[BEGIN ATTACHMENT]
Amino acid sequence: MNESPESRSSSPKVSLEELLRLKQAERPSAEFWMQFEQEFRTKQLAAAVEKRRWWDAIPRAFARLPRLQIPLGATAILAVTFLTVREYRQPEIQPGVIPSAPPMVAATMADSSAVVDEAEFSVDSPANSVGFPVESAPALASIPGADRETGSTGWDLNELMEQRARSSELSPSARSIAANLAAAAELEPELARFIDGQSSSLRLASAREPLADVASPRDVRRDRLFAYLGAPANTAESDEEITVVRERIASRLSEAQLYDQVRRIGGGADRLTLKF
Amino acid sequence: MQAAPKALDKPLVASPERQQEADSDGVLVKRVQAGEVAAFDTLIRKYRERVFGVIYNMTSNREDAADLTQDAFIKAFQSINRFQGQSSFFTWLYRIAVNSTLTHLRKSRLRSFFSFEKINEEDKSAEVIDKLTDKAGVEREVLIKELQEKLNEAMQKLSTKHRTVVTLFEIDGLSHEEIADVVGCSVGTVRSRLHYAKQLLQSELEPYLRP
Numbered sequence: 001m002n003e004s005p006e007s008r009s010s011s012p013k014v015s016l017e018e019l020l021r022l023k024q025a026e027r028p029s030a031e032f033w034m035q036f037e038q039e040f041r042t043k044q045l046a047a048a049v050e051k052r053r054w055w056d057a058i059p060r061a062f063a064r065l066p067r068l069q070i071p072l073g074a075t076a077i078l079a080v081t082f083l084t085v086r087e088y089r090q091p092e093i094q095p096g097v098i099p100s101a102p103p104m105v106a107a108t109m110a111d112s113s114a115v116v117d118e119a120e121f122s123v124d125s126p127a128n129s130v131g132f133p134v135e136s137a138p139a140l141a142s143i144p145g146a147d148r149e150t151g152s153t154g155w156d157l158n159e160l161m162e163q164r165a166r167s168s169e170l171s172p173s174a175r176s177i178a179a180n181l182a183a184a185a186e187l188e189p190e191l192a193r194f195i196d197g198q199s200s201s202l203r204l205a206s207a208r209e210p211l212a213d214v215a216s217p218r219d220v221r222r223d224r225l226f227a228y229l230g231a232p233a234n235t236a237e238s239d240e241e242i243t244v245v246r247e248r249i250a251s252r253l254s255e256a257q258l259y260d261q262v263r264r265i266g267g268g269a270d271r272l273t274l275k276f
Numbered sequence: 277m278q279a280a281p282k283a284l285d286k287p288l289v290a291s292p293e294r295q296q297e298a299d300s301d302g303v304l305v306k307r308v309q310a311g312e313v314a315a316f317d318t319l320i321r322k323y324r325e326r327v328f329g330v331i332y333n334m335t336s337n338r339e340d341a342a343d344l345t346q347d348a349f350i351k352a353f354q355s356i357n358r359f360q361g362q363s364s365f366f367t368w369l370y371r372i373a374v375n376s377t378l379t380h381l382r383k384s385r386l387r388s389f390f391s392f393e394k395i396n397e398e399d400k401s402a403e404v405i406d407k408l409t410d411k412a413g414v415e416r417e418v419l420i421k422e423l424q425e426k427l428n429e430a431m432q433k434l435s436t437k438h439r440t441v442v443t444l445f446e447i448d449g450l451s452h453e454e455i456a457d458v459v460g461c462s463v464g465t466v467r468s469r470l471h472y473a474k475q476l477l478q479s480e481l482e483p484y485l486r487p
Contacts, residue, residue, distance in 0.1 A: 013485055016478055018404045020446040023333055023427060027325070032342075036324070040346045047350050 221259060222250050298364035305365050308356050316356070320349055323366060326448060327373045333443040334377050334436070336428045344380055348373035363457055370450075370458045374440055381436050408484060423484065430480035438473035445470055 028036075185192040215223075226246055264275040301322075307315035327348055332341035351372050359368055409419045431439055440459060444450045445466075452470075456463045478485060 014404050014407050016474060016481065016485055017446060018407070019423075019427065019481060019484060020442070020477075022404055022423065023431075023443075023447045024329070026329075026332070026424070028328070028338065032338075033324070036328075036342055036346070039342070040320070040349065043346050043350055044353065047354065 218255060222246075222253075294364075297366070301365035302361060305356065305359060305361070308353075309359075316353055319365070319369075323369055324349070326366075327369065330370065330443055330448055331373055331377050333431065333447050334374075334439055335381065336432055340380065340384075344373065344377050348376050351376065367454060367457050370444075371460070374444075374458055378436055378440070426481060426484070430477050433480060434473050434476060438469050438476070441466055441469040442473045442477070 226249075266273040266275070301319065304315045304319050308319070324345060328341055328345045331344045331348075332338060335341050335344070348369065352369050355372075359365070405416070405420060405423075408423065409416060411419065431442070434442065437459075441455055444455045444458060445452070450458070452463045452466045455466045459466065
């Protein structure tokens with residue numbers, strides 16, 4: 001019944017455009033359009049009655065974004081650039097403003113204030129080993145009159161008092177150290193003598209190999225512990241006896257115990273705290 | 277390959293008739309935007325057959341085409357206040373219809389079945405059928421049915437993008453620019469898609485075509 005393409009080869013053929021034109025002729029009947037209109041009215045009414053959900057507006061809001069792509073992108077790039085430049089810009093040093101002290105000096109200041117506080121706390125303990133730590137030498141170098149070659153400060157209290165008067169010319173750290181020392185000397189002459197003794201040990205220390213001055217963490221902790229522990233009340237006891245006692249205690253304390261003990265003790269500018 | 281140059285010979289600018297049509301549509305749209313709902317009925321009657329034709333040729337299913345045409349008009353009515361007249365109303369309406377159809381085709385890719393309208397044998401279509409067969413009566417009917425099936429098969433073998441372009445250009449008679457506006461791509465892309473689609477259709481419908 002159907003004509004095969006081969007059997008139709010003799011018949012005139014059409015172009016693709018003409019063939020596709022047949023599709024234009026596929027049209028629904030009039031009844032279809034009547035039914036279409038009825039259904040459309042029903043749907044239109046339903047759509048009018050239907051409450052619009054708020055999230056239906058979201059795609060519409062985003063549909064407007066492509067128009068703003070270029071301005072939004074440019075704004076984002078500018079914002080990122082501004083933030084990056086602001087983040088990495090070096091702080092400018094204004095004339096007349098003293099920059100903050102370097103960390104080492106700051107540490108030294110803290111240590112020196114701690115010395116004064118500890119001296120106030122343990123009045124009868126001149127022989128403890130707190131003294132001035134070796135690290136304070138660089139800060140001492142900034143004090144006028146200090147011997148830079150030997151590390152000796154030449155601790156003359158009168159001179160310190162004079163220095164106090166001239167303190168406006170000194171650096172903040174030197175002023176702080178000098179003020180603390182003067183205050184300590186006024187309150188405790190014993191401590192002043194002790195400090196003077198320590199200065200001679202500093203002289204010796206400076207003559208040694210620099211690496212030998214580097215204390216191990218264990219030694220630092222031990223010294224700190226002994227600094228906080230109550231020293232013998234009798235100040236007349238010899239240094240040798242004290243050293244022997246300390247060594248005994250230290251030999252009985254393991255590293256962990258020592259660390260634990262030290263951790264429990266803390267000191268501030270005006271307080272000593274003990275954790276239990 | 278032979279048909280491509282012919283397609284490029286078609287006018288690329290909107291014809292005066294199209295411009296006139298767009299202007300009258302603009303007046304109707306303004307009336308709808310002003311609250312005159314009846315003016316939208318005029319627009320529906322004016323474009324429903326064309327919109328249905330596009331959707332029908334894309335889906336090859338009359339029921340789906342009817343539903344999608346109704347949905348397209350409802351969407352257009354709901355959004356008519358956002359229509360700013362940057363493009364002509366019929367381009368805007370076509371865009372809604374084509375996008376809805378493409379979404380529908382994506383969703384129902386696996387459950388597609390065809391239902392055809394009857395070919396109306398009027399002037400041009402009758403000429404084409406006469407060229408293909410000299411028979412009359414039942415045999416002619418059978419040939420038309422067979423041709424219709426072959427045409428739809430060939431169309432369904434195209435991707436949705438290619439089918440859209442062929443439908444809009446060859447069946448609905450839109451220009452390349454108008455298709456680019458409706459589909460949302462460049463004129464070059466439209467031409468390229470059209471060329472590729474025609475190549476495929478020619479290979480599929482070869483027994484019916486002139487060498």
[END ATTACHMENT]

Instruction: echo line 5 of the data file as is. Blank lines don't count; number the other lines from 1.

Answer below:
Contacts, residue, residue, distance in 0.1 A: 013485055016478055018404045020446040023333055023427060027325070032342075036324070040346045047350050 221259060222250050298364035305365050308356050316356070320349055323366060326448060327373045333443040334377050334436070336428045344380055348373035363457055370450075370458045374440055381436050408484060423484065430480035438473035445470055 028036075185192040215223075226246055264275040301322075307315035327348055332341035351372050359368055409419045431439055440459060444450045445466075452470075456463045478485060 014404050014407050016474060016481065016485055017446060018407070019423075019427065019481060019484060020442070020477075022404055022423065023431075023443075023447045024329070026329075026332070026424070028328070028338065032338075033324070036328075036342055036346070039342070040320070040349065043346050043350055044353065047354065 218255060222246075222253075294364075297366070301365035302361060305356065305359060305361070308353075309359075316353055319365070319369075323369055324349070326366075327369065330370065330443055330448055331373055331377050333431065333447050334374075334439055335381065336432055340380065340384075344373065344377050348376050351376065367454060367457050370444075371460070374444075374458055378436055378440070426481060426484070430477050433480060434473050434476060438469050438476070441466055441469040442473045442477070 226249075266273040266275070301319065304315045304319050308319070324345060328341055328345045331344045331348075332338060335341050335344070348369065352369050355372075359365070405416070405420060405423075408423065409416060411419065431442070434442065437459075441455055444455045444458060445452070450458070452463045452466045455466045459466065